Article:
Common Core to be first topic of ‘Civil Conversations’

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    A new organization is convening Friday night for its first public gathering and hopes to bring together a variety of people and viewpoints.

    The inaugural “Civil Conversations Fayette” event is Friday at 6:30 p.m. and the group has rented a meeting room at 174 N. Glynn Street for the first 100 people who sign up. There is a $22 cost for a catered meal provided by Broadway Diner.

    The purpose of the meeting is “to bring the community together to discuss important issues,” according to a statement. “We can have a good time, a good meal, learn new things and, if necessary, we can agree to disagree, politely.”

    The special guest for the program is Dr. Duke Pesta from the University of Wisconsin. He will be talking about Common Core educational standards.

    According to Fayette County Commissioner Steve Brown, one of the event’s organizers, it will not be a lecture or a presentation on the traditional sense. Instead, as the name of the group suggests, it will be a conversation.

    Brown said in an interview last Friday that he will sit down and talk to Pesta, who is not a supporter of Common Core, and play devil’s advocate when necessary while keeping the conversation going. When they are finished, any audience member can ask a question as long as it is civil.

    “If they don’t think I’ve asked all of the right questions, it will be their turn,” said Brown.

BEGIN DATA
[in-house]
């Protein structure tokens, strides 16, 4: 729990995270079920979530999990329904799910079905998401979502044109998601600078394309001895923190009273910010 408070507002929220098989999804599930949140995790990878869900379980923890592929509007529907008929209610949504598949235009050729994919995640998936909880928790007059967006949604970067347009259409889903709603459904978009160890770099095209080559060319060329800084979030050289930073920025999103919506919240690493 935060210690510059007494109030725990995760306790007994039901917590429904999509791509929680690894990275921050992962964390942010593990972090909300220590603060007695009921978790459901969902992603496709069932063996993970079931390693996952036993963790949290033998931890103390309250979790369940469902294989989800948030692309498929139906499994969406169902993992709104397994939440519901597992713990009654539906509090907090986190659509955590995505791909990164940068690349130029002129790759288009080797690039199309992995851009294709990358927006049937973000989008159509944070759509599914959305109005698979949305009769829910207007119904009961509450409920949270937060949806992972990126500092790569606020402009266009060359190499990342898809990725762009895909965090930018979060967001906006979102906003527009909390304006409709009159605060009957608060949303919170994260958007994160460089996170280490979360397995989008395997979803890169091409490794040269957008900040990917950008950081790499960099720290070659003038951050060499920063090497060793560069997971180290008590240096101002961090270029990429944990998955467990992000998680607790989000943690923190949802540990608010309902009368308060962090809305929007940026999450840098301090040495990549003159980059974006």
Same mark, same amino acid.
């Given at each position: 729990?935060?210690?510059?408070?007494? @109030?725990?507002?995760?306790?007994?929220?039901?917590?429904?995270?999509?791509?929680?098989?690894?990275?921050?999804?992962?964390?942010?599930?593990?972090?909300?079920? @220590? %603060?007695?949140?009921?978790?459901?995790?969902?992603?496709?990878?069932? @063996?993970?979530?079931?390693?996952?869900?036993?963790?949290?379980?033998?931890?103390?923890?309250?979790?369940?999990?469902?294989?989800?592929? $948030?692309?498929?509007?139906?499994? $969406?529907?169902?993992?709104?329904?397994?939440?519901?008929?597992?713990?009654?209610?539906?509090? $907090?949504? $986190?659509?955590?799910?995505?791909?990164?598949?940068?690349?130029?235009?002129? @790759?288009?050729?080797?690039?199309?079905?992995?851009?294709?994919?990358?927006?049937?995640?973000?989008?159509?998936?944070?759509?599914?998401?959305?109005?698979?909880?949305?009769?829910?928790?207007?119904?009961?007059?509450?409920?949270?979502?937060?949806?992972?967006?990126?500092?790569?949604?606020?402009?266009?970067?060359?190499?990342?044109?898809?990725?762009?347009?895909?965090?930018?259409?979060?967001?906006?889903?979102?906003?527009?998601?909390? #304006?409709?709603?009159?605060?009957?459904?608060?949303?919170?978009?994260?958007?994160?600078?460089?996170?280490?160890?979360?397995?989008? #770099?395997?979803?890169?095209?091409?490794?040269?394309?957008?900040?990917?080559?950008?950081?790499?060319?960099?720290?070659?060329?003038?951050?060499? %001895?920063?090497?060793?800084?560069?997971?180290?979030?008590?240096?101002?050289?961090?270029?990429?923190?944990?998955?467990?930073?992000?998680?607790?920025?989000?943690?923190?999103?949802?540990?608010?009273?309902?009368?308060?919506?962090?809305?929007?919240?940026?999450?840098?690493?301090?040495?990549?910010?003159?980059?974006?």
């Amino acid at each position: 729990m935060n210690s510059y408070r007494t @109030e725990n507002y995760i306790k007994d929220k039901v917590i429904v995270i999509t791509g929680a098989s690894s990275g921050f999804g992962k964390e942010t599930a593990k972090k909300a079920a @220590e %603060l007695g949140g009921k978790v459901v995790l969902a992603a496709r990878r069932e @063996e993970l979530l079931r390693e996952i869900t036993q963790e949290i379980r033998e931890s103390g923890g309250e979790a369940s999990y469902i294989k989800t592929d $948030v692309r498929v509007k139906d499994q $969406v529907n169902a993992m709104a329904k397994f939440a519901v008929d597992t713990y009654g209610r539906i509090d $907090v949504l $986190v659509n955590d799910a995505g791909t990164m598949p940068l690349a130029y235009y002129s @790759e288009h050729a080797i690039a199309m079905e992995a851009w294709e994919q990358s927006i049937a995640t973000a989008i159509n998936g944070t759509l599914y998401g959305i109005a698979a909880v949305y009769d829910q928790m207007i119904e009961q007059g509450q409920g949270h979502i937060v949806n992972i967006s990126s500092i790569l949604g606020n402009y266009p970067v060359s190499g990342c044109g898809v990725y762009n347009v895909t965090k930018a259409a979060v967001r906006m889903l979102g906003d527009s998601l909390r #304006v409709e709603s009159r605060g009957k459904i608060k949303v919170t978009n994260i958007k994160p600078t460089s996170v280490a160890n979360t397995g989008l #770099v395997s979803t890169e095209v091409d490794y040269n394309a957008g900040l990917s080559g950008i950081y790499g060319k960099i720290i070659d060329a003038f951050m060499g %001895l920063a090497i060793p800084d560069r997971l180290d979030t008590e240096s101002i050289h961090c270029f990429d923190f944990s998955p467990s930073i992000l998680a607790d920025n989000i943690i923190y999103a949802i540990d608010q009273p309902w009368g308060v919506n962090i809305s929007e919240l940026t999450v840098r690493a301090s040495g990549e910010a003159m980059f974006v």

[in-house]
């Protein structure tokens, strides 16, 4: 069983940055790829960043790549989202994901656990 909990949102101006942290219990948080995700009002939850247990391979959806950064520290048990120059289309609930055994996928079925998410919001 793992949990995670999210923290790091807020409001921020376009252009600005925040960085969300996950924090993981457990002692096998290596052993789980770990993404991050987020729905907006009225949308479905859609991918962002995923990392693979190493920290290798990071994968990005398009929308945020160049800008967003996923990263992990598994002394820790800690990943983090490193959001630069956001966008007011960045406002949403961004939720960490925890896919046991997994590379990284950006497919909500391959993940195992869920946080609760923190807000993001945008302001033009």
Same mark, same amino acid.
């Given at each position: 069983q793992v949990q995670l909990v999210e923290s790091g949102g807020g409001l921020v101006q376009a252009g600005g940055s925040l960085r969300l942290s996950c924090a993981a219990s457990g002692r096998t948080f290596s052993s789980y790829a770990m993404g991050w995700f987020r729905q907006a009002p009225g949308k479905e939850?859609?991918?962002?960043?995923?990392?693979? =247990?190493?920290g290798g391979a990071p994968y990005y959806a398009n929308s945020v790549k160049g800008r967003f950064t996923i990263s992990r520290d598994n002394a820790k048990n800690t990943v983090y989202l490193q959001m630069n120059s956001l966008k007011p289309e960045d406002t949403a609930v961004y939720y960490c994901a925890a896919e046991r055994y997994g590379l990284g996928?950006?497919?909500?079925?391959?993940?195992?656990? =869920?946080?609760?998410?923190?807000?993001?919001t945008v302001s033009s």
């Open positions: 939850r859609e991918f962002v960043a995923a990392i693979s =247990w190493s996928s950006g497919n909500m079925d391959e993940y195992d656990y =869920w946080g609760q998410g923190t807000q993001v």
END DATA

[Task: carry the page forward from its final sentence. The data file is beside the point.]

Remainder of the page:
Speaking about the event during his regular comment time at last week’s Board of Commissioners meeting, Brown said this type of gathering was something he had thought about for several years.

    “One thing that always bites at my craw a little bit is we can’t get certain groups in the same room together without starting a fire,” he said. “You just get too much friction going.”

    He joked a couple of times that if he was not seen again after Friday, “you’ll know it didn’t work out.”

    Brown acknowledged that there has been a bit of criticism for having an anti-Common Core speaker and no alternative, but he said the group tried to find someone to give another perspective but everyone who was approached either was not available that night or simply declined the invitation.

    “Sometimes we need to listen to people who don’t necessarily share our ideas,” he said. “Then we can take those ideas and maybe they change our opinion, or you walk out feeling the same way you did before.”

    Brown said the initial response has been good and the group is already planning a second meeting in Peachtree City to cover a different issue.

    “It’s just a bunch of groups that are coming together,” he said. “We’re trying to bring together diverse groups and diverse opinions into a room and see if we can all understand each other. If nothing else, you’ll get a great meal.”

    A link to an online reservation form for the event can be found on Brown’s Facebook page.

    Brown quoted one of Stephen Covey’s “Seven Habits of Highly Effective People” when summarizing the overall goal of the meeting: “Seek first to understand, then to be understood.”

    “If we can do that in Fayette County, we will be so far ahead of everybody else and we’ll get a lot done,” he said.